When Nellie Bly read Around the World in Eighty Days by Jules Verne, she had an amazing idea. What if she traveled around the world in real life, and did it in less than 80 days? In 1889, people doubted it could be done—especially by a woman. But with one small bag and a sturdy coat, Nellie set out anyway. Soon the whole world was rooting for her. Could she make it back home in time?
Nellie Bly began her life with the name Elizabeth J. Cochran. When her father died, Nellie needed to work to help her family make money. She wanted to be a newspaper reporter, but most people believed that a “woman should stay out of the workplace. . .women should turn their attention to cooking, cleaning, and making a nice home.” Nellie believed that she could do anything a man could do, including being a reporter. However, at the time “women did not sign their names to articles. It was considered improper.” So, Elizabeth wrote articles with the byline under a man’s name: Nellie Bly. Nellie wrote about how hard factory work was for women and how some low jobs were dangerous. But what made Nellie Bly so famous, was her record-breaking trip around the world.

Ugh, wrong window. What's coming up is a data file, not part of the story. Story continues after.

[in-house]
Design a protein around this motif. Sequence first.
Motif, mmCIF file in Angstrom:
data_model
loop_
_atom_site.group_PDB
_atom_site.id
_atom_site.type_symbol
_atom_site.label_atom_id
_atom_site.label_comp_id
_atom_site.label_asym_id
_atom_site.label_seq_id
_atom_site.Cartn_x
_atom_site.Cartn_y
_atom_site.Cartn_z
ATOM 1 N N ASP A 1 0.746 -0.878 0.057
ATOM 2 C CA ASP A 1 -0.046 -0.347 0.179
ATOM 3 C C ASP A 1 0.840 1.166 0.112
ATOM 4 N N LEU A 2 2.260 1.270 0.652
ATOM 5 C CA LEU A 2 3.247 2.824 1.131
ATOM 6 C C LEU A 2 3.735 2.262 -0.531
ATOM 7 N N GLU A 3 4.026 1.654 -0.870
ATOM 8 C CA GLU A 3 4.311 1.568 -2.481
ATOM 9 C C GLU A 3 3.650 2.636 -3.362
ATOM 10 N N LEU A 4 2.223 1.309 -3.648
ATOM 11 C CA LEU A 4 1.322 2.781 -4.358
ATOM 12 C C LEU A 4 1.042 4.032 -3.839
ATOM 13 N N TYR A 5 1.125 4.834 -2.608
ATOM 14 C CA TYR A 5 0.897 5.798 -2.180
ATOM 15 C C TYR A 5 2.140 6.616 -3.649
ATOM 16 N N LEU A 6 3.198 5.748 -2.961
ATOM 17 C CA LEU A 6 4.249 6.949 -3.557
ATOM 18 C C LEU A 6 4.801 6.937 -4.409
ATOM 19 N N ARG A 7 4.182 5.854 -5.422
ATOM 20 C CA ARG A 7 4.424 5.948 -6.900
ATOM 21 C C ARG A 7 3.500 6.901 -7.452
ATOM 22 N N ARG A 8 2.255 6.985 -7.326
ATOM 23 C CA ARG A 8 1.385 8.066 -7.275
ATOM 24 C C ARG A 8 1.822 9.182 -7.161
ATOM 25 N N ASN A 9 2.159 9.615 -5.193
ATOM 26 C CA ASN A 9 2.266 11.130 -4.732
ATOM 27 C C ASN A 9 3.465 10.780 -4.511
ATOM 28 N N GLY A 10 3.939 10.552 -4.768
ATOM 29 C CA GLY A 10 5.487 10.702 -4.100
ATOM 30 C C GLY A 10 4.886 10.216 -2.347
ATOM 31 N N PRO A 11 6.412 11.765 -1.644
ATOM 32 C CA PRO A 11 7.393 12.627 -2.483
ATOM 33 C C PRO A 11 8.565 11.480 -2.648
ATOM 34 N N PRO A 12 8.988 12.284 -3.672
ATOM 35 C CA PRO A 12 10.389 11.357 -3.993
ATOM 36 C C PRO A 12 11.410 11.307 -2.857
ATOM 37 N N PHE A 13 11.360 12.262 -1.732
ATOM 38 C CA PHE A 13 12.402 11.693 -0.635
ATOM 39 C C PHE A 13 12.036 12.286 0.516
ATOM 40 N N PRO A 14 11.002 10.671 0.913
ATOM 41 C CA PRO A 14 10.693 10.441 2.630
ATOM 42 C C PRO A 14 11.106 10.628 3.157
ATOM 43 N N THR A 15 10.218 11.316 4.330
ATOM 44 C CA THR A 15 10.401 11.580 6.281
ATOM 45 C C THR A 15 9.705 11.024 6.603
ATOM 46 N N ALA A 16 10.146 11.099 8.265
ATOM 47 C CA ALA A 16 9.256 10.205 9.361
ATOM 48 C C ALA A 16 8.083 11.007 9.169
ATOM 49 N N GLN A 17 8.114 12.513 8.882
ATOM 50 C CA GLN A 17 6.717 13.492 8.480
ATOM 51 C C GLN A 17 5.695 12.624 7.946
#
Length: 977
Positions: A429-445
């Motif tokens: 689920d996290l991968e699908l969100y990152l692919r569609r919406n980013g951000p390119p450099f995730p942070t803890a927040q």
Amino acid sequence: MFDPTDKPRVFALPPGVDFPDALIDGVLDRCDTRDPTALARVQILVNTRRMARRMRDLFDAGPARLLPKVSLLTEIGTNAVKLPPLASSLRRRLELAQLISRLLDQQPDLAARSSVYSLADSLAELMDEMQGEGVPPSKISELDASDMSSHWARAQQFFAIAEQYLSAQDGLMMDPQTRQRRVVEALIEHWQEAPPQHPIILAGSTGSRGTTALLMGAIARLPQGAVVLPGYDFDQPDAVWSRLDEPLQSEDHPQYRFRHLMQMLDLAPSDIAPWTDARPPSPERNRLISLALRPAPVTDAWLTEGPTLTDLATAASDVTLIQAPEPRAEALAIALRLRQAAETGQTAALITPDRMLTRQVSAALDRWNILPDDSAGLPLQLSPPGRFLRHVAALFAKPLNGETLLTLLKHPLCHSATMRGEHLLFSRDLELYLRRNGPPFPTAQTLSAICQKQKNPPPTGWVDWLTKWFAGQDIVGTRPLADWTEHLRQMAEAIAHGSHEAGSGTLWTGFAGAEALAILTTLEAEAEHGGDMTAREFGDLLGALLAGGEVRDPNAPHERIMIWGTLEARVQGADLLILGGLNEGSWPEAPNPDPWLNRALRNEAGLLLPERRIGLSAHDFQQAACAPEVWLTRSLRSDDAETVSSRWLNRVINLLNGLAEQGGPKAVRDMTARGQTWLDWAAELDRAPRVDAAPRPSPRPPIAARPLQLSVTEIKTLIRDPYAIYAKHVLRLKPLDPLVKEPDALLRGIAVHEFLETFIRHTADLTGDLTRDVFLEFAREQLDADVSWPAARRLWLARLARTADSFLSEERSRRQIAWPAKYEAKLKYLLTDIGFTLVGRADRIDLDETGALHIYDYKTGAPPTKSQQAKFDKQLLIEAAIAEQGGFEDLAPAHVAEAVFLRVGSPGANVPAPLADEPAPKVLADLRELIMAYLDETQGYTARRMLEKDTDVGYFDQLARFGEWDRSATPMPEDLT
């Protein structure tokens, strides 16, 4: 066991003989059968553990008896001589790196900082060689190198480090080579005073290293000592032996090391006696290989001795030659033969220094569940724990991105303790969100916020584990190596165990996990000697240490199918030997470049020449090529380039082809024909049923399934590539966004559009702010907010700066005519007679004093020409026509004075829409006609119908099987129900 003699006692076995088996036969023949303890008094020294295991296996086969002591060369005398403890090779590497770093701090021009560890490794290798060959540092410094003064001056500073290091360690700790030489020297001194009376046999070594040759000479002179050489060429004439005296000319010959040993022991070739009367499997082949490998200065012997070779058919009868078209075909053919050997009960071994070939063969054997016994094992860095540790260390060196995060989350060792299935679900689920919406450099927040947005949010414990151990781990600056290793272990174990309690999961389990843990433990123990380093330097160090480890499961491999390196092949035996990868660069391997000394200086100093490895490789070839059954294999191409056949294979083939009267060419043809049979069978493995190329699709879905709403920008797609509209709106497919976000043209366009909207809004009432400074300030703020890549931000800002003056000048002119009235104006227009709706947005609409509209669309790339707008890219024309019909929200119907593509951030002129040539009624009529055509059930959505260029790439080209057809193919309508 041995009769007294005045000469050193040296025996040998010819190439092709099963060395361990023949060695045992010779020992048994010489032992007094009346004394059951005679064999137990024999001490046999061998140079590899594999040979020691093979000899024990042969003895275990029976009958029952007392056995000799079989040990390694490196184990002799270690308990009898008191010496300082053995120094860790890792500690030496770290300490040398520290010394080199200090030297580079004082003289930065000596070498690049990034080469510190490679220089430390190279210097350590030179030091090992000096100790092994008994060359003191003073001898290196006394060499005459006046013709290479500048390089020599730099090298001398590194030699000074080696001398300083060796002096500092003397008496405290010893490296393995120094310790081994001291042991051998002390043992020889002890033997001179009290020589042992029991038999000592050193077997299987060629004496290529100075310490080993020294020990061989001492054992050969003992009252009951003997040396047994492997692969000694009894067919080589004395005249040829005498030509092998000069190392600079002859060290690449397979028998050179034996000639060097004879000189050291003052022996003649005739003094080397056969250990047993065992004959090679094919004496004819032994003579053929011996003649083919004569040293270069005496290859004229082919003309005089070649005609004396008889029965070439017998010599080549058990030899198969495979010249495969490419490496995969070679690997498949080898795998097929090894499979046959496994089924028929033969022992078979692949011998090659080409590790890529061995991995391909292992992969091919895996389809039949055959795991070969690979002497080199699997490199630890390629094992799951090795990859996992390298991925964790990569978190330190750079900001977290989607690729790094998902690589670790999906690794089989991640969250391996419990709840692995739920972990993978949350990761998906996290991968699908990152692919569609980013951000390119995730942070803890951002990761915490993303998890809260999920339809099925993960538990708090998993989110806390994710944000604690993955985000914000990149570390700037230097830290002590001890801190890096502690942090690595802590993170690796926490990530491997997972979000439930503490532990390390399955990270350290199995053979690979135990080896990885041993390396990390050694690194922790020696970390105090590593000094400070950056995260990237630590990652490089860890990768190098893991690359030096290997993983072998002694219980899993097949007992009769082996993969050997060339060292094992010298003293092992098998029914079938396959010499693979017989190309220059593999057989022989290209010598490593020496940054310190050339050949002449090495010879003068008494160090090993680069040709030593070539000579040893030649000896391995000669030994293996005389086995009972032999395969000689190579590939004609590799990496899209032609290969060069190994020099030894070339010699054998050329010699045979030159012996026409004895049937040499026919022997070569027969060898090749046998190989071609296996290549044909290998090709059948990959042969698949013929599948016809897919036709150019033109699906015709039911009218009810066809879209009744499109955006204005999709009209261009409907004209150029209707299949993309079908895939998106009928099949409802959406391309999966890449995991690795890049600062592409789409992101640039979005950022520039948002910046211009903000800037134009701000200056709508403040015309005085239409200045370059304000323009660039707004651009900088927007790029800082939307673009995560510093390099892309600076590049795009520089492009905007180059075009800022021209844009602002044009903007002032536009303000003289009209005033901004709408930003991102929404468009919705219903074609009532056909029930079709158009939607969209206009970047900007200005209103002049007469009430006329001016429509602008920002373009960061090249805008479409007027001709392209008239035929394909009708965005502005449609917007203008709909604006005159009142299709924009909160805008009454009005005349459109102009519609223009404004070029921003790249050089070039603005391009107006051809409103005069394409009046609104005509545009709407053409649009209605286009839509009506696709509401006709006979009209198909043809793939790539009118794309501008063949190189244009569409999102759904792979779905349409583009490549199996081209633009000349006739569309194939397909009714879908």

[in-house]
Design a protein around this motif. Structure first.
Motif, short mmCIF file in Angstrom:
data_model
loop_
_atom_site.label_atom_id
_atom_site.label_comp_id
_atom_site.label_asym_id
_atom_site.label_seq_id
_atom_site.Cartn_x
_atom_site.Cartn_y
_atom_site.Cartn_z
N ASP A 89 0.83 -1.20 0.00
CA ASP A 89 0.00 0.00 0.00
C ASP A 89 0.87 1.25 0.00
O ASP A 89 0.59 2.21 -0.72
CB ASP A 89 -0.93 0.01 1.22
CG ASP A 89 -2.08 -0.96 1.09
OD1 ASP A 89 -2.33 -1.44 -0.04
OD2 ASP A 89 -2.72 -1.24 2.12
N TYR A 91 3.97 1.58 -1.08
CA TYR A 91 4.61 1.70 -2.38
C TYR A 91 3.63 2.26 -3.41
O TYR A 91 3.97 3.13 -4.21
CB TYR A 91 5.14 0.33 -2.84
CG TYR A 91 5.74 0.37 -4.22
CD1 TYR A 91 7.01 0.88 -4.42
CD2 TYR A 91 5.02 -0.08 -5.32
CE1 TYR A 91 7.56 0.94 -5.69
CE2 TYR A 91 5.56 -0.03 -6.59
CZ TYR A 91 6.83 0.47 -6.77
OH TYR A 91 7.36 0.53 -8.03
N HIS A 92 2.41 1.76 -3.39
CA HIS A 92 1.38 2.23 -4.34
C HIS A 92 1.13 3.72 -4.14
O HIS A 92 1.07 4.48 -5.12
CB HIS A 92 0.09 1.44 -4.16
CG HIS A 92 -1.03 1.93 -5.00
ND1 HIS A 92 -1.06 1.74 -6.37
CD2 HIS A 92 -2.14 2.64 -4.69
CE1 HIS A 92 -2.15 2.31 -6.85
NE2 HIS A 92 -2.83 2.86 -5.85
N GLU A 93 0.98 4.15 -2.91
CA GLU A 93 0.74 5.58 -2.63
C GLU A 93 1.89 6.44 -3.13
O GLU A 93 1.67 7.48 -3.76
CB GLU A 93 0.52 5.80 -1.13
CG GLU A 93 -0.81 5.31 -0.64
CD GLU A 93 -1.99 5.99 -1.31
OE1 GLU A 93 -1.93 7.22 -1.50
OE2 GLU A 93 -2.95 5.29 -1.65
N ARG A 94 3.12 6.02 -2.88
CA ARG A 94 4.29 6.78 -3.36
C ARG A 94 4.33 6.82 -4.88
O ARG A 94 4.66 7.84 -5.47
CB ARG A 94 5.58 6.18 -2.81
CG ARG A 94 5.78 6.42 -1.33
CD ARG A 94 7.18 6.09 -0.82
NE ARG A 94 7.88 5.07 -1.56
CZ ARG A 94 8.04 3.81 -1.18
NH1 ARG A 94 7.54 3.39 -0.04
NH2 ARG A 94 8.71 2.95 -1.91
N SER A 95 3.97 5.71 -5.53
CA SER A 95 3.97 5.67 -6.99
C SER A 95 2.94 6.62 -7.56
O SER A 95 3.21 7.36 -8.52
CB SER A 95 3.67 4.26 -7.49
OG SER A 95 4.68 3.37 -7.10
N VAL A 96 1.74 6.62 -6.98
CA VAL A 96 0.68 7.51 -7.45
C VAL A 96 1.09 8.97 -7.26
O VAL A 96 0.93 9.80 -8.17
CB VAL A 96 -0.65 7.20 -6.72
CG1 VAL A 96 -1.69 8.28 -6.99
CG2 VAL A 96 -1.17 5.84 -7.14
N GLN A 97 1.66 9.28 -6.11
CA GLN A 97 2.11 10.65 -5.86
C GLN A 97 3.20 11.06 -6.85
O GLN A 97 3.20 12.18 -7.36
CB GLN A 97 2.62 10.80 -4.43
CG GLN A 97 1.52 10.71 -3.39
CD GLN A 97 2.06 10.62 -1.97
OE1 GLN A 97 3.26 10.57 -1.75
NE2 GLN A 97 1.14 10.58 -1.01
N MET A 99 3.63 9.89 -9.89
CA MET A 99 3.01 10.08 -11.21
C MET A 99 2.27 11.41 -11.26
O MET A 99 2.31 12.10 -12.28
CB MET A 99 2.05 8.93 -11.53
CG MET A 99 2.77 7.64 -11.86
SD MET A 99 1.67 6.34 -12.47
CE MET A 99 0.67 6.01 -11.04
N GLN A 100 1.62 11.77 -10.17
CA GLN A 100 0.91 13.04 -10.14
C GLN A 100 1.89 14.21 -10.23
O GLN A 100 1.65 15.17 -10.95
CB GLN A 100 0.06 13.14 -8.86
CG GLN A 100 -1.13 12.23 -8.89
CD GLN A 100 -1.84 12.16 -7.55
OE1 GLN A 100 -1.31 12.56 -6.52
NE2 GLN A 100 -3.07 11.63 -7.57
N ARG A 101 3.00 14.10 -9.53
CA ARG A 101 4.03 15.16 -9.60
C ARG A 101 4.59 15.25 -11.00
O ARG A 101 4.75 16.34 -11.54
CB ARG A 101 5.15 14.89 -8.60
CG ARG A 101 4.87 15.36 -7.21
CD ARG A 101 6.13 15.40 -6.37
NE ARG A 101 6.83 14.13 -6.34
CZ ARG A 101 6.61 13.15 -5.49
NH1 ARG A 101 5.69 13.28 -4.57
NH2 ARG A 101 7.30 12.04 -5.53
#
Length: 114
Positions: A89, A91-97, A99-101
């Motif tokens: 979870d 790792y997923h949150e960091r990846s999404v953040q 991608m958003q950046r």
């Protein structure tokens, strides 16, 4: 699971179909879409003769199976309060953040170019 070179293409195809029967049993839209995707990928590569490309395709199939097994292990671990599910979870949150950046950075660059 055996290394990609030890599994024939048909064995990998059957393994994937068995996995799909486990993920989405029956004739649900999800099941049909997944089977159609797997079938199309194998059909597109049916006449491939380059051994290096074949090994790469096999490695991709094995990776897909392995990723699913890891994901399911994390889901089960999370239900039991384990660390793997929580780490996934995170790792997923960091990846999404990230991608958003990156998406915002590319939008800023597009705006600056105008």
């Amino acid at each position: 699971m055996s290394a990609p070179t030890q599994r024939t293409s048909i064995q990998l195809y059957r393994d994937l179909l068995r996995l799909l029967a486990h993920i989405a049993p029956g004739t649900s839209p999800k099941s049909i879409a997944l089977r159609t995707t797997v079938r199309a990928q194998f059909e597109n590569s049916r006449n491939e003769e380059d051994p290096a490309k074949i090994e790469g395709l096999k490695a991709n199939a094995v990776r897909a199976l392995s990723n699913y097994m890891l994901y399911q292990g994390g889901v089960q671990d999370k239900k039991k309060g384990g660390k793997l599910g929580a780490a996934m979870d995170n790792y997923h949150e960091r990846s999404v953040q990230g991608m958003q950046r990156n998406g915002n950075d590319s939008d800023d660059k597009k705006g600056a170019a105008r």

During Nellie Bly’s time, her adventures were exciting and newsworthy. However, today’s readers will find Nellie Bly’s travels mundane. Nellie Bly visits many countries, but nothing exciting happens and the reader will not learn much about each place in which she stops. The Race Around the World is informative and has many interesting facts, but the pacing is slow.
The Race Around the World uses short chapters and easy vocabulary, which makes the book accessible to young, fluent readers. Large black and white illustrations appear every 3 to 7 pages and show some of Nellie Bly’s adventures. At the end of the book, there is more information about Nellie and the time period in which she lived.
The Race Around the World would be interesting for readers who want to learn more about news reporters and travel during the 1800s. While the book would be helpful if you are looking to learn, it reads much like a history book. Readers who want a modern, imaginative adventure that revolves around Jules Verne’s story, Around the World in 80 Days, should add the Max Tilt Series by Peter Lerangis to their reading list.
- Men used canes to keep the beggars away.
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